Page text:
ASH BENNINGTON: Welcome to the Real Vision Daily Briefing. It's Friday, March 18th, 2022. I'm Ash Bennington, joined today by Jim Bianco, President of Bianco Research. There's no one I'd rather talk to today than you, Jim. We were talking a little bit off camera, lots going on. Fed finally lifts off with a 25-basis-point rate hike. We've got a war in Ukraine that seems to continue to get worse. Upward moves in equity markets, curve inversion, a lot of moving parts out there, Jim. Big picture, how are you thinking about what's happening in markets right now?
JIM BIANCO: I think it's really going to be a cross push/pull here. Stock market has had its best rally, probably since the January high in the S&P and the November high in the NASDAQ. At the same time, if you took the stock market out of the equation, and you look at all of the other markets, with rising short rates, a flattening yield curve, the rebound in energy prices that we've seen off the lows set on Wednesday, the still elevated commodity markets, you'd think a whole lot hasn't changed from say, the beginning of the week or last week.
But the stock market seems to be selling you a completely different story right now. And that divergence is probably going to be the thing that everybody's going to focus on. I'll tend to lean towards the other markets as being the tell here and less on the stock market. We could discuss that through the rest of the interview.
ASH BENNINGTON: Yeah, let's talk about that. I should say index performance, I'm looking at a weekly chart here, NASDAQ Composite up over 7% on the week. S&P 500, a smidge below 4% on the week. Dow Jones Industrial Average up about it looks like 3.6%, 3.7% on the week. These are pretty significant moves. How do you reconcile that? How do you square that with exactly what you mentioned, other markets, particularly commodities and fixed income?
JIM BIANCO: Well, I'd also mention, too, that if we were here one week ago, we would have been talking about the biggest weekly decline since the middle of 2020 for the S&P, and for the NASDAQ and for the Russell and for the rest of them. What was the low day of the entire move down since the November high? It was Monday. It was four trading days ago, is what the low day was.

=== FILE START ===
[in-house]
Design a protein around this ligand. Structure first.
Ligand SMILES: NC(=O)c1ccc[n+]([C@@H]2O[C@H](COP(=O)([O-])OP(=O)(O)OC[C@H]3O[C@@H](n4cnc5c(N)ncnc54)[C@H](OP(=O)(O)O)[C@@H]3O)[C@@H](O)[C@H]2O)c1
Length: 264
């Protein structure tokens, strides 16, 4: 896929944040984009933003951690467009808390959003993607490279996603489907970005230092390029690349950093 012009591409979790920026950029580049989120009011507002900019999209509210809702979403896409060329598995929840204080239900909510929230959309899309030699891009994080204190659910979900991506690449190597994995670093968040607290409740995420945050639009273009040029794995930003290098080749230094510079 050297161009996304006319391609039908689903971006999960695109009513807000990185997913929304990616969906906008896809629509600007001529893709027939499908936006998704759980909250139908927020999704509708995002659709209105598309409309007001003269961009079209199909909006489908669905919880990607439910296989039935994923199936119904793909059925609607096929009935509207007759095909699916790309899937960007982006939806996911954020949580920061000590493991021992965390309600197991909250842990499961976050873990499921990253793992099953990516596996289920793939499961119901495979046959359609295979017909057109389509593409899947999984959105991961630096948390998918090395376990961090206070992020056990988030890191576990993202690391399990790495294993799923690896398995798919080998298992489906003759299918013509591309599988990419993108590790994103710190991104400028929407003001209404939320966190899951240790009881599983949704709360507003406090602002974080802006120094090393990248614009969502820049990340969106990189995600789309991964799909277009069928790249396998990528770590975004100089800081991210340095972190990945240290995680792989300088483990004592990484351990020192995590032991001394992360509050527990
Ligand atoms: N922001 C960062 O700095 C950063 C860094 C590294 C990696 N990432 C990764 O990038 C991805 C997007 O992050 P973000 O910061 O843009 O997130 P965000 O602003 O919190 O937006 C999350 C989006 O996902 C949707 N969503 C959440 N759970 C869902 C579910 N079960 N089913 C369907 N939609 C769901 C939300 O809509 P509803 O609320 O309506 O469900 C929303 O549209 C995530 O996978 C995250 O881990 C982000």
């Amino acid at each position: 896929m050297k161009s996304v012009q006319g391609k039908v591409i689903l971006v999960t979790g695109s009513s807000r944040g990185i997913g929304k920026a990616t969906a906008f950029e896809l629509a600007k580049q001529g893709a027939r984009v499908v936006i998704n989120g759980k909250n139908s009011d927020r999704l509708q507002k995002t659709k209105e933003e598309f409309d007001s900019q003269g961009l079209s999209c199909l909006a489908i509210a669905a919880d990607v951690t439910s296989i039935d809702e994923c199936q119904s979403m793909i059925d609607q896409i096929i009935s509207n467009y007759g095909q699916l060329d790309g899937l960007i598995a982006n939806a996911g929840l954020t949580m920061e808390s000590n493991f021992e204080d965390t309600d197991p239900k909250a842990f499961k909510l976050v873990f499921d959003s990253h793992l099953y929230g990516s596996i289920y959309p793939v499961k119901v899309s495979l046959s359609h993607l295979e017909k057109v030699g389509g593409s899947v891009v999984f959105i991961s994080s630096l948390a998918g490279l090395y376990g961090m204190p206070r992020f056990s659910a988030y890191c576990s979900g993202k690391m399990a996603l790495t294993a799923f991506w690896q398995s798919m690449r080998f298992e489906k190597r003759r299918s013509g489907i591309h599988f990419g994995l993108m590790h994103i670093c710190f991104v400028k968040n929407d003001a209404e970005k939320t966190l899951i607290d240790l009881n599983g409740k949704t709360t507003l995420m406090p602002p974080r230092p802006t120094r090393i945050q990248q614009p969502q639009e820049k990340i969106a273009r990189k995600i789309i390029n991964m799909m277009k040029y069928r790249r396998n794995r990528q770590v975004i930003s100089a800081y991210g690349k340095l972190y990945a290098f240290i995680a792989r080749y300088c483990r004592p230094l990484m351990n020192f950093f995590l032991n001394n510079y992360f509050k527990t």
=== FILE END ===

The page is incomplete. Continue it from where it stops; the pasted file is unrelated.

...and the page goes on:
I would tend to think that there's two things going on here. The first one, I think, is just a good old-fashioned short cover that really kicked off with the Fed meeting on Wednesday afternoon. Remember that for a brief moment there after the Fed announcement, we were down on the day. We weren't very much off the lows. That was 48 hours ago, and then we got that relentless surge in the market that has continued.
And that was coupled with the announcement out of China two days ago that the Chinese government after bludgeoning their technology companies, and most of their companies for the last year has finally called it off, that they are going to at least now back off, and we saw an enormous short squeeze. Some numbers that you'd only see in the crypto space, the Golden Dragon Index, the Chinese ADR Index is up 30% for the week, and that's after being down 13% on Monday.
These are altcoin type of moves that we're seeing in that space as well, too. I think for the moment, it looks like a short cover. Now whether or not that meanders into managers are going to say, given everything I see, I want to commit new money to the market, or the public says I want to commit new money to the market. We will find that out next week. But for now, it does look like a short cover.
ASH BENNINGTON: Jim, you said it. You know I can't resist biting when you throw it out there. Crypto up, let me just read some of these numbers to you. Bitcoin trading right now at 42,195, up 3.125% on a 24-hour basis. Trailing seven days up almost 9%, 8.69%. Ethereum trading at 2,973. A hair's breadth below that key psychological level of 3,000, 24- hour trailing basis up 5.3%, seven-day trailing basis up over 16%.
JIM BIANCO: Yeah. It's interesting because these sound like big numbers for crypto, but if you look at a bar chart of Bitcoin or Ethereum, they've actually been fairly tame throughout all of the volatility that we've seen. Now, keeping in mind, a 3% or 4% move and cryptos is [?] day for that market, where it's not in the rest of the markets as well, too.